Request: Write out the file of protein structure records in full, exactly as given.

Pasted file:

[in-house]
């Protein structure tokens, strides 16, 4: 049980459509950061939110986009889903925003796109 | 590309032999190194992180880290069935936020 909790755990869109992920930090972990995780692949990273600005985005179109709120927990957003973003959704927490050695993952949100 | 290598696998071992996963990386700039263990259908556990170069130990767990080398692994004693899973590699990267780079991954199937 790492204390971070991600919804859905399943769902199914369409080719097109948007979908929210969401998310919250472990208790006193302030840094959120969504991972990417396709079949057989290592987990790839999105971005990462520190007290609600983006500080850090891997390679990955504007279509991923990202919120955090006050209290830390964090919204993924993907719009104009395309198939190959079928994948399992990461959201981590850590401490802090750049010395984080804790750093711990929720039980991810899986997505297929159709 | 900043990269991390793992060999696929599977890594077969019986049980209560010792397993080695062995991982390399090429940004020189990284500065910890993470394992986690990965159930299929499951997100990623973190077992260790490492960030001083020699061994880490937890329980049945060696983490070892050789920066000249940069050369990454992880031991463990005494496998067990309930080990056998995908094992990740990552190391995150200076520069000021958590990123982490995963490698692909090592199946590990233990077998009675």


[in-house]
């Protein structure tokens, strides 16, 4: 049980459509950061939110986009889903925003796109 | 590309032999190194992180880290069935936020 909790755990869109992920930090972990995780692949990273600005985005179109709120927990957003973003959704927490050695993952949100 | 290598696998071992996963990386700039263990259908556990170069130990767990080398692994004693899973590699990267780079991954199937 790492204390971070991600919804859905399943769902199914369409080719097109948007979908929210969401998310919250472990208790006193302030840094959120969504991972990417396709079949057989290592987990790839999105971005990462520190007290609600983006500080850090891997390679990955504007279509991923990202919120955090006050209290830390964090919204993924993907719009104009395309198939190959079928994948399992990461959201981590850590401490802090750049010395984080804790750093711990929720039980991810899986997505297929159709 | 900043990269991390793992060999696929599977890594077969019986049980209560010792397993080695062995991982390399090429940004020189990284500065910890993470394992986690990965159930299929499951997100990623973190077992260790490492960030001083020699061994880490937890329980049945060696983490070892050789920066000249940069050369990454992880031991463990005494496998067990309930080990056998995908094992990740990552190391995150200076520069000021958590990123982490995963490698692909090592199946590990233990077998009675």